We compiled detailed dietary data on primary observations of mammalian diets from the scientific literature and then, using uniform criteria, categorized each species as either a herbivore (a specialist on primary producers), a carnivore (a specialist on consumers), or an omnivore (a generalist, eating both plant and animal material). Using these data and a virtually complete species-level time-calibrated phylogeny of living mammals (ref. 1, based on ref. 18) we can confirm that mammalian trophic strategies are not evenly distributed among mammalian taxa (Fig. 1). Some clades are almost exclusively carnivorous (e.g., aquatic Cetartiodactyla, such as whales and dolphins; aquatic Carnivora, such as seals and walruses) or herbivorous (e.g., terrestrial Cetartiodactyla, such as deer, cows, and antelope) and others appear to switch frequently between omnivory and herbivory (e.g., primates) or omnivory and carnivory (such terrestrial Carnivora as bears, dogs, and foxes). We used this variability to analyze the tempo of trophic evolution across living mammals and the impact of diet on speciation and extinction.

Fig. 1.
Phylogeny of all 1,530 mammalian species for which we have dietary data; branch color is a rough guide to diet: herbivores, green; carnivores, blue; and omnivores, purple. The tree shown here represents one of the 100 trees used in the analysis and just ...

We analyzed the data mapped upon the phylogeny by comparing the fit of eight different evolutionary models using a maximum-likelihood approach (20, 21). These models allowed rates of speciation, extinction, and transition between trophic strategies to be either independent of trophic strategy (rates fixed to be equal across all strategies), constrained by trophic strategy (separate rates for each strategy), or constrained according to status as either a specialist on a single food type (herbivore or carnivore) or generalist (omnivore), with separate rates for each category. Although this method required speciation and extinction to be estimated separately, we discuss only net diversification rate, which is speciation minus extinction, in recognition of the uncertainty of estimating extinction from extant phylogenies (22) (estimated speciation and extinction rates reported in Table S1). Diversification rates and transition rates differ substantially between trophic strategies (Table 1). The best-fitting model according to the Akaike Information Criterion (AIC), which takes into account the number of parameters used in the model as well as the goodness of fit to the data, is the most complex model. This model allows speciation and extinction rates to vary depending on trophic strategy and all six transition rates to be estimated independently. According to the Akaike weights, which are the weight of evidence for each model from the set of different models used (23), there is substantial support for the best-fitting model (0.98 where the weights of all models sum to 1). The model that fixed transition rates to be equal across trophic strategies has the worst fit to the data (ΔAIC = 234 and an Akaike weight of 9.7e−52), confirming that transitions between trophic strategies are important constraints on the uneven patterns of lineage diversity among mammals.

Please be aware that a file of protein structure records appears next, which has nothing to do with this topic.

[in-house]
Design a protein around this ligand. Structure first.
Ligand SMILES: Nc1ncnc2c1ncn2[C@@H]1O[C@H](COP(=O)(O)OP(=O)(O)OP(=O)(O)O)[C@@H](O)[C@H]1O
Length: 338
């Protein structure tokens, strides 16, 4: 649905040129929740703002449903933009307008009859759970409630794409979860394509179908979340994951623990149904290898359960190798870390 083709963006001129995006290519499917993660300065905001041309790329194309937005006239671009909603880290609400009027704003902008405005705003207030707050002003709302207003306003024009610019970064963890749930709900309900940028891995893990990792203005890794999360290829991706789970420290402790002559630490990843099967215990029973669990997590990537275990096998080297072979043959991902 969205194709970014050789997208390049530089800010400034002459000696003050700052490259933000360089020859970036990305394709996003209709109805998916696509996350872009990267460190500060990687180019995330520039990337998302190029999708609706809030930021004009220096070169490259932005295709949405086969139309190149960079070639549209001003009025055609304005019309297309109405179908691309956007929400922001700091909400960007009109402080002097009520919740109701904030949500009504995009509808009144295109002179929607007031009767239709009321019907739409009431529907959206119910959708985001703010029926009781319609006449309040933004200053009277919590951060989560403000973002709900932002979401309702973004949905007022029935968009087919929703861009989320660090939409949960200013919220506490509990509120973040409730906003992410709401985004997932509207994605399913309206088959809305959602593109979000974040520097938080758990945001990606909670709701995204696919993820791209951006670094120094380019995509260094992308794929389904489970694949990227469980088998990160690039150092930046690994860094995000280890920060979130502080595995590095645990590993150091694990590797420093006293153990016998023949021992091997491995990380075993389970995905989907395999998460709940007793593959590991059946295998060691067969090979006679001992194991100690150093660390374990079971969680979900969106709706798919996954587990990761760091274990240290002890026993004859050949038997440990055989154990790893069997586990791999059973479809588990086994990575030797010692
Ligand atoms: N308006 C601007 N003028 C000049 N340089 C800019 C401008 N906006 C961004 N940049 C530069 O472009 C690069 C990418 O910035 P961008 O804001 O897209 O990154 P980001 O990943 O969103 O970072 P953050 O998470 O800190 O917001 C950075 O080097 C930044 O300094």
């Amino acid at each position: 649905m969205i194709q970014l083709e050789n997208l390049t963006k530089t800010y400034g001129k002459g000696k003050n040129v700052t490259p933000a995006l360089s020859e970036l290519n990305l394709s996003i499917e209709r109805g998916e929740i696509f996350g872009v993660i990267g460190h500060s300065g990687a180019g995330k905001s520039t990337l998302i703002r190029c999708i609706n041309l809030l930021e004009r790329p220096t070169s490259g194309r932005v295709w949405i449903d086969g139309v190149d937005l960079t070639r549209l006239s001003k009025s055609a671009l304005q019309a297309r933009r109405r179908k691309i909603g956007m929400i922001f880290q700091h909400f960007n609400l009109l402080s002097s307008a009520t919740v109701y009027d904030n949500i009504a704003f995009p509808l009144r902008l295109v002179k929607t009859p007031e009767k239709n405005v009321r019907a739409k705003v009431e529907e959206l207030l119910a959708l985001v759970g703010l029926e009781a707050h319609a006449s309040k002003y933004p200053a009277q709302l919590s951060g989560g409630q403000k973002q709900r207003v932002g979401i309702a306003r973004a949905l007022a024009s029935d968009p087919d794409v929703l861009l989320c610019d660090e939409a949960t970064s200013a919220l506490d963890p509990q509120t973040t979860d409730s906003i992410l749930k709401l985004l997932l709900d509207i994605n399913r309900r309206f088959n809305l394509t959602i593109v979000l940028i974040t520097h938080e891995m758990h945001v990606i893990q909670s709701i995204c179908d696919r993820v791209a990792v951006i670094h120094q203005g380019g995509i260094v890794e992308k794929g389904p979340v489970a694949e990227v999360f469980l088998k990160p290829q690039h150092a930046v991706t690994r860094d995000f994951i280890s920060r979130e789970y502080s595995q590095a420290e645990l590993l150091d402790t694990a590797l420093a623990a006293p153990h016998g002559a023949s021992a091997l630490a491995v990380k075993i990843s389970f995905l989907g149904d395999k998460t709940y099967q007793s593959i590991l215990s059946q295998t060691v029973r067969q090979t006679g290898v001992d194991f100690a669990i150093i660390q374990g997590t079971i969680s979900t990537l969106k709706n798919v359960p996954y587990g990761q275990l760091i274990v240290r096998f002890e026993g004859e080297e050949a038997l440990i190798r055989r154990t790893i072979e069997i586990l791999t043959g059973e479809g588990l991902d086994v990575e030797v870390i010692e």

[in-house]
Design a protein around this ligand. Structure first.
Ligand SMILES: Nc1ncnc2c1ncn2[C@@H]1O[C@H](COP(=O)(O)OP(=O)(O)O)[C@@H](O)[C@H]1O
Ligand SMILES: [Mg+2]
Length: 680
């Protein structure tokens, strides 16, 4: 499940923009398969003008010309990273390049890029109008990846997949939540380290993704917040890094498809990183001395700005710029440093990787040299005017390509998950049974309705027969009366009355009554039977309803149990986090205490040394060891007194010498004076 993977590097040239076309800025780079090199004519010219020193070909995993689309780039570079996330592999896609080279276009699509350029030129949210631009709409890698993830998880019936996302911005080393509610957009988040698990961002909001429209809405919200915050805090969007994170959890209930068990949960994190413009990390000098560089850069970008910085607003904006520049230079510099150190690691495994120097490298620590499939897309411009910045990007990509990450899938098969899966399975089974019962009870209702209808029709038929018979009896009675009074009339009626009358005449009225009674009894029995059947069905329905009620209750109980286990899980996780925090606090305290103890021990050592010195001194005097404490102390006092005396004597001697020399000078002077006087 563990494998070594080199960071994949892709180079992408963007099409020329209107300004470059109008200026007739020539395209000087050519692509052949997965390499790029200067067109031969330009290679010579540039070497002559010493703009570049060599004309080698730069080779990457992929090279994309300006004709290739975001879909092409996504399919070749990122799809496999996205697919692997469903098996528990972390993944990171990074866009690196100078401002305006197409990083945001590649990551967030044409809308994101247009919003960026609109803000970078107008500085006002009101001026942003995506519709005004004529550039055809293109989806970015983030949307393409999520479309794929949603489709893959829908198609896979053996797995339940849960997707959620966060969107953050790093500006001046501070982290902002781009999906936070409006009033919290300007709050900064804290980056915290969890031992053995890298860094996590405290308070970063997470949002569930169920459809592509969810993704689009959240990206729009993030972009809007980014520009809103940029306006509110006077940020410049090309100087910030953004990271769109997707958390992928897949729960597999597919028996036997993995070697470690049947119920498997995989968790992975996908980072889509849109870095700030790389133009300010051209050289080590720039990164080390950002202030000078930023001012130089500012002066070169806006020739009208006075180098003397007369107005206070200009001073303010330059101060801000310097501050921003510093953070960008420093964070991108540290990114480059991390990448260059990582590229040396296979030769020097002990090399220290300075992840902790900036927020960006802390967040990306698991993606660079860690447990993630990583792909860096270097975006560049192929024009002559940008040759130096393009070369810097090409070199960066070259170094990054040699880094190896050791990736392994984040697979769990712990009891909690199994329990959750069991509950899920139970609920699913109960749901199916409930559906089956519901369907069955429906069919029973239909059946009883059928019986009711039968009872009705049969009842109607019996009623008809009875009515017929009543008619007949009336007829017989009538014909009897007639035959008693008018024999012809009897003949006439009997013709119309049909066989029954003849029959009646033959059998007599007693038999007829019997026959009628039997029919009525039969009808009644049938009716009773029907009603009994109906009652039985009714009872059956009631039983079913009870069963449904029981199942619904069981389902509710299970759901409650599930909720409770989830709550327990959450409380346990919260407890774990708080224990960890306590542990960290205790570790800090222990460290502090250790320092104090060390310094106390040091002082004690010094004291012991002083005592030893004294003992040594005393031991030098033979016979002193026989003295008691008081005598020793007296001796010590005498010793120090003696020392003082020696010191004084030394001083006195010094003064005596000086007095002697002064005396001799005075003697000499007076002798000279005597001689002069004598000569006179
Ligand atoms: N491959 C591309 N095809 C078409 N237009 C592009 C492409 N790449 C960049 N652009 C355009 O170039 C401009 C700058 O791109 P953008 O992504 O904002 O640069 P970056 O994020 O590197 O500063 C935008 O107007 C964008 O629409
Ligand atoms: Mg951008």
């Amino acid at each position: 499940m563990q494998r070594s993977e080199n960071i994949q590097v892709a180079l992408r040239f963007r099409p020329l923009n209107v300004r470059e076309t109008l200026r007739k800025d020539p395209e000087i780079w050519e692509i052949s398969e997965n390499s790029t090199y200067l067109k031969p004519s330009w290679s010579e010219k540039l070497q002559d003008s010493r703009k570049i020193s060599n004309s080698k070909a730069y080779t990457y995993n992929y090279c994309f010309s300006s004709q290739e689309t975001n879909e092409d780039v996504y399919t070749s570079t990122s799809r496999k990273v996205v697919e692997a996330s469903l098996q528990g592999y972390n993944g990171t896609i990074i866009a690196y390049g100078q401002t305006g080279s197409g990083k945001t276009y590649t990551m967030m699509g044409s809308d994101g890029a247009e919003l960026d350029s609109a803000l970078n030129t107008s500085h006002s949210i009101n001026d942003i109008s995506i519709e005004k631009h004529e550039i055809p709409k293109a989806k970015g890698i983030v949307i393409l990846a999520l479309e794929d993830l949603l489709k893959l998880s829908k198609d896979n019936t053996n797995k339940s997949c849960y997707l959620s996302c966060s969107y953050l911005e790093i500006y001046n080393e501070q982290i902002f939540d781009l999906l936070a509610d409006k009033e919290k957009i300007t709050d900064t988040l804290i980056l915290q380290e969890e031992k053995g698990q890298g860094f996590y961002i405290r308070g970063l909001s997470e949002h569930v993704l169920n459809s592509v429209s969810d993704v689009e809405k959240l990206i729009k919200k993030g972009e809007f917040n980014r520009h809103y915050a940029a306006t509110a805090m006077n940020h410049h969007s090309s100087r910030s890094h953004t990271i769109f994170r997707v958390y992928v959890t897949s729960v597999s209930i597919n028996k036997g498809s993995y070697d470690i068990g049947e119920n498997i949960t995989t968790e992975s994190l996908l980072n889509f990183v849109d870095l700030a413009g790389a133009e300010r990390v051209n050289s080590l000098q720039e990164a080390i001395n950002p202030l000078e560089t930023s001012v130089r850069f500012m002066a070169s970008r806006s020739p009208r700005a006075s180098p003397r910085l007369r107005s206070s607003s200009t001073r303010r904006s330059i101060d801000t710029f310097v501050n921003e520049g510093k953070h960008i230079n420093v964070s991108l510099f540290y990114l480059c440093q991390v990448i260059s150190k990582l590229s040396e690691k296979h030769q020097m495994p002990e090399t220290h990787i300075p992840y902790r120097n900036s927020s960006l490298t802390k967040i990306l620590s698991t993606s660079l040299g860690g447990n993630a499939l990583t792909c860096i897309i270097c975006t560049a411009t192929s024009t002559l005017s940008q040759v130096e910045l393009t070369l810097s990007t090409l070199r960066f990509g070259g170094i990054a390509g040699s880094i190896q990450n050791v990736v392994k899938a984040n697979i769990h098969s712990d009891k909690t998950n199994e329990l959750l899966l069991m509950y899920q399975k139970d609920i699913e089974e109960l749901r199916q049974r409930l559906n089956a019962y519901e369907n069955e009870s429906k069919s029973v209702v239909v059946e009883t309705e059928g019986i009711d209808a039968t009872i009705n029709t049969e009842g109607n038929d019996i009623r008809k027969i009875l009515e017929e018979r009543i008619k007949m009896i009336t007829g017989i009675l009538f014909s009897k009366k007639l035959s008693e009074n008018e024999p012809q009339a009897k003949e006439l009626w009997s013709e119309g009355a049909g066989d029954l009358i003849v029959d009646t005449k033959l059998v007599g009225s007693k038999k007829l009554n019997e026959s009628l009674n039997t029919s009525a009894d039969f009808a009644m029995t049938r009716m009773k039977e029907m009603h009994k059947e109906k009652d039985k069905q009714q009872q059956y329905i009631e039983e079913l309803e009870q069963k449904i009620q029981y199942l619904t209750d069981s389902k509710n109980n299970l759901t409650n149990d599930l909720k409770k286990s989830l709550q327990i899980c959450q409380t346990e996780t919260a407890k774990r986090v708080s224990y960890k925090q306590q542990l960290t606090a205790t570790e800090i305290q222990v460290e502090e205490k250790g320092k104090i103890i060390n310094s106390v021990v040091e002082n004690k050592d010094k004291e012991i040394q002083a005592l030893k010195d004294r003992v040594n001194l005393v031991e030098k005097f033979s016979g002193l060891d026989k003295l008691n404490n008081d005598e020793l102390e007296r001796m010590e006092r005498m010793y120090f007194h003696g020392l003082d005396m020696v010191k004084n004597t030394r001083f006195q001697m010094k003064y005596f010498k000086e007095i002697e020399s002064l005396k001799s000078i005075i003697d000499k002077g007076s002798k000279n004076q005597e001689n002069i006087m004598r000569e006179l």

Table 1.
Model fitting and parameter estimates of the eight evolutionary models

In the best-fitting model, analyzed using Bayesian Markov Chain Monte Carlo (MCMC) methods, herbivores have the highest net diversification rate, carnivores have a considerably lower rate, and omnivores have the lowest rate (Fig. 2A). Moreover, the tempo of transitions between the trophic strategies is highly biased. Surprisingly, the highest rates occur into omnivory from herbivory and carnivory and the lowest rates with almost zero transitions occur between herbivory and carnivory (Fig. 2B). These results are supported by the maximum-likelihood parameter estimates from the top four best-fitting models which range in ΔAIC from 19.9 to 48.9 (Table 1); net diversification rate is the highest in herbivores, intermediate in carnivores, and lowest in omnivores; the highest transition rate is into omnivory. Thus, omnivore diversity evolves primarily through transitions into that strategy and rarely by diversification within omnivorous lineages, whereas herbivore and carnivore diversity is chiefly produced through diversification.

Fig. 2.
Plot of the posterior probability density of the parameter estimates of the all rates-free model (which was the best-fitting model from the maximum-likelihood analysis) analyzed using Bayesian MCMC methods on 10 of the 100 replicate phylogenies. (A) Depiction ...

These results could have been produced by more than one scenario of evolutionary dynamics. Many discussions of diversification have made the distinction between explanations and models that assume differing intrinsic rates of extinction or speciation, on one hand, and differing ecological limits on the number of species the environment can accommodate (highest “carrying capacity”; according to ref. 24) on the other (2428). If there is a global limit on the number of species that can be supported within a particular dietary strategy, net diversification may be diversity-dependent whereby rates slow through time as niche space fills up until diversity is at equilibrium (e.g., ref. 29). Indeed, fossil and molecular data frequently identify a slow-down in diversification rate (e.g., refs. 30 and 31), although there are other explanations for an apparent slow-down that do not involve niche-filling (e.g., ref. 32). Under this scenario the trophic group with a lower limit on its diversity will appear over time to have a lower average rate of net diversification than a group that continues on to reach a higher limit, even though they have grown with identical diversification rates (24). The constant-rate models we have used do not allow us to distinguish this situation from one in which the two groups have had consistently different rates. Nonetheless, whether the trophic strategies inferred to have higher rates have diversified at a consistently more rapid pace, or have simply spent more of their evolutionary history diversifying at a high rate, similar biological interpretations can be applied to these two alternative mechanisms.